Rehnquist is right -- but how many people have been misinformed about important aspects of our nation's history? Survey after survey indicates that our students are not being given an adequate foundation in understanding either our government or our history.

We have an obligation to ensure that citizens have an accurate understanding of our nation's history -- or we may live to see our freedoms eroded one by one.

But here we are in 21st century America, where a patriotic acknowledgement by school children is deemed unconstitutional by a panel of activist judges; where a cross on the Los Angeles County seal is removed while a pagan goddess is allowed to stay, and where the ACLU actively searches for copies of the Ten Commandments in the public square so it can sue to remove them. Next on the hit list will probably be the phrase that appears both on our money and in the last verse of the Star Spangled Banner: "In God We Trust/In God is Our Trust."

The ACLU will undoubtedly work to bring this issue back. We can only hope that judges will base their decisions on historical fact, not on 20th century revisionist misinterpretations.

Cheri Pierson Yecke is a former American history teacher who served as commissioner of education for Minnesota.


District 196 School bond passes!!!!!

Great Job to all those MinnBEST members who worked to get this measure passed. Your dedication to Minnesota Kids is an inspiration!

65% vote for $68 million to upgrade buildings
Future Rosemount and Apple Valley high school students won't have to attend classes in shedlike buildings next to the schools. Voters in the 28,500-student Rosemount-Apple Valley-Eagan school district Tuesday overwhelmingly approved spending $68 million to replace portable classrooms with permanent ones, to add science labs to meet new state requirements and to improve security and technology district-wide.


Some wisdom from Ronald Reagan.

If only our current president understood this concept when it comes to "No Child Left Untested"

``This is the issue of this election: whether we believe in our capacity for self-government or whether we abandon the American Revolution and confess that a little intellectual elite in a far-distant capital can plan our lives for us better than we can plan for ourselves.'' - Oct. 27, 1964, televised speech for GOP presidential candidate Barry Goldwater.

And the Maple River Coalition needs to take this to heart when they start to imagine "National Sovereignty" in the Declaration.

``All of us need to be reminded that the federal government did not create the states, the states created the federal government. ... Steps will be taken aimed a restoring the balance between the various levels of government.'' - Inaugural address, Jan. 20, 1981.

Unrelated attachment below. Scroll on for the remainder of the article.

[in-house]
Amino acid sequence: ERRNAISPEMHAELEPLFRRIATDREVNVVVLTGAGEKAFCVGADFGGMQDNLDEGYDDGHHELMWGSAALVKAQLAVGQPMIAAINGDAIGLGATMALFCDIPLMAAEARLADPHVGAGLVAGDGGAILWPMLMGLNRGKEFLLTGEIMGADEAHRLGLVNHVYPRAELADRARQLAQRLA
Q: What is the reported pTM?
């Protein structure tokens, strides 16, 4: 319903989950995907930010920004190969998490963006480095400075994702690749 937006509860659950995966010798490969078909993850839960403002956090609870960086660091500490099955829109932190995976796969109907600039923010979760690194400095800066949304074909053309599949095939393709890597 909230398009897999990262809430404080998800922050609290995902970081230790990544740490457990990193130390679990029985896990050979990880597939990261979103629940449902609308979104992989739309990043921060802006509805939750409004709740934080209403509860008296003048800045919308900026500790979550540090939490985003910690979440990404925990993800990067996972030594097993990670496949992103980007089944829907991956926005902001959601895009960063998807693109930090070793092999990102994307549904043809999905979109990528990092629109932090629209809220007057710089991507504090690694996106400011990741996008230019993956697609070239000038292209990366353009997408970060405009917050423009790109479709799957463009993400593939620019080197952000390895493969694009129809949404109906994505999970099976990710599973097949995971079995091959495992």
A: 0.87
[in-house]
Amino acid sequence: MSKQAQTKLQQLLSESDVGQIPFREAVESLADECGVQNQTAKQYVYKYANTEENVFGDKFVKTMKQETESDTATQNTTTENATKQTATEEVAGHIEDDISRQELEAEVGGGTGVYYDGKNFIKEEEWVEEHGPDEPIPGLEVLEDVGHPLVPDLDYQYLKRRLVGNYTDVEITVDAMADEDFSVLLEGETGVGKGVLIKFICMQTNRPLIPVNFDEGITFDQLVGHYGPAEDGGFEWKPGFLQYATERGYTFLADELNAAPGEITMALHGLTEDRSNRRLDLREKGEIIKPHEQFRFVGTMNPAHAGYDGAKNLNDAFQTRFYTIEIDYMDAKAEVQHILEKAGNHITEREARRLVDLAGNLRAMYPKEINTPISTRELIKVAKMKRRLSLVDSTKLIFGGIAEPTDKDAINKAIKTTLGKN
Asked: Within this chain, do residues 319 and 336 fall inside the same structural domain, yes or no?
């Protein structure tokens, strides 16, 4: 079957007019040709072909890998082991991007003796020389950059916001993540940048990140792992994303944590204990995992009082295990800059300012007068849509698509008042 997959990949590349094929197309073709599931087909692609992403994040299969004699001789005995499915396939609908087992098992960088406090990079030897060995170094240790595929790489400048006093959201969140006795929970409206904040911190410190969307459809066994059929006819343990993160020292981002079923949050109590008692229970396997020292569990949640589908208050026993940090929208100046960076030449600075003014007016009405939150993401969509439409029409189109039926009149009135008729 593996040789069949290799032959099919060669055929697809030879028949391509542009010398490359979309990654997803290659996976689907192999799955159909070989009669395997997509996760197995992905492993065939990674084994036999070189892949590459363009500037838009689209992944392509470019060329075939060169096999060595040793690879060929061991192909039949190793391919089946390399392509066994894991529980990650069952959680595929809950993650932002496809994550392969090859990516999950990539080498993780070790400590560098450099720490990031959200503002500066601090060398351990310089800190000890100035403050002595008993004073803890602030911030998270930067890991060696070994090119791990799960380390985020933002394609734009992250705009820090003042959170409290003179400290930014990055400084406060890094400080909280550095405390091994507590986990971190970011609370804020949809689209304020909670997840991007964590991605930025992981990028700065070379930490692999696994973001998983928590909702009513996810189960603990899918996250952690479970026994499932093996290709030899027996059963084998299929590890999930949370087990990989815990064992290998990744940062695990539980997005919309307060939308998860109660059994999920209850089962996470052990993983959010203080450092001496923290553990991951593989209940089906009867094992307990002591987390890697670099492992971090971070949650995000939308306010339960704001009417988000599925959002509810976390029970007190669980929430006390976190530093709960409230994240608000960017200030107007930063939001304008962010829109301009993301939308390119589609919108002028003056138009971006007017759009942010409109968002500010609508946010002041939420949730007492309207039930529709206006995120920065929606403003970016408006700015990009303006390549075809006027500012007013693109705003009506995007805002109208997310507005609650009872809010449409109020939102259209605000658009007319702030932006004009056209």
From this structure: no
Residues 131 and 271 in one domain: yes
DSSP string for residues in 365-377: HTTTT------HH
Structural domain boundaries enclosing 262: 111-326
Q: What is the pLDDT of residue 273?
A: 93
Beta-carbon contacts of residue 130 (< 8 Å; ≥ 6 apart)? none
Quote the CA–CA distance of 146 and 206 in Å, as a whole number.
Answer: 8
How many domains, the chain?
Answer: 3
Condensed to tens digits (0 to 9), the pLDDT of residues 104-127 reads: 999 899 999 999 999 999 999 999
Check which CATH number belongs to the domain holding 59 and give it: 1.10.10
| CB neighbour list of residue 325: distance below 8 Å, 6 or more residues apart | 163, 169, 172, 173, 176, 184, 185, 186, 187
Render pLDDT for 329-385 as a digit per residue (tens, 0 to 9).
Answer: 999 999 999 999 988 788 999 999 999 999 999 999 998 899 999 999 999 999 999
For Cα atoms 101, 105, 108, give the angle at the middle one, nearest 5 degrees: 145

What needs to be said louder to be heard above the echo-chamber

The Governor is listening to the echo-chamber of the taxpayer's league when he should be listening to the taxpayers. FUND OUR SCHOOLS!!!!

Editorial: School funding/A crisis of will at the top
June 5, 2004

The Minneapolis mom learned Thursday that her son's public high school won't have frogs for biology class, paint for art class or toner for the copy machine next year unless parents and other donors chip in $100,000 by Sept. 1.

But on Friday, she heard Gov. Tim Pawlenty say at the Humphrey Institute that money is an old-fashioned measure of society's commitment to public education. "We now have the sophisticated ability to measure what we're getting for the money. The debate is about to change," he said.

On Thursday, she heard her child's principal boast that a third of this year's graduates of the school's International Baccalaureate program scored in the top 5 percent in the nation in standardized college entrance exams.

The next day, the governor cited Minneapolis as the case in point when he said, "We spend a lot of money in some school districts that are getting very poor results."

He allowed that he might be willing to send some Minneapolis schools more money, as an experiment, but he sounded doubtful that money would make a real difference.

On Thursday, the mom was impressed to meet upwards of 80 parents who spend long hours on school committees, volunteer their expertise to teachers and administrators, open their homes for fundraisers, and write checks to keep the school in light bulbs and copy paper. The principal said his 2004-05 budget skimps on supplies because parents objected to the alternative -- increasing class sizes or laying off counselors, which would do more to diminish educational quality.

The next morning, the governor voiced the opinion that the biggest problem with public education is not meager resources, but irresponsible parents.

"The number-one challenge facing kids today is that their families are not in a position to take care of them in a way that is appropriate, responsible, or at least helpful," he said.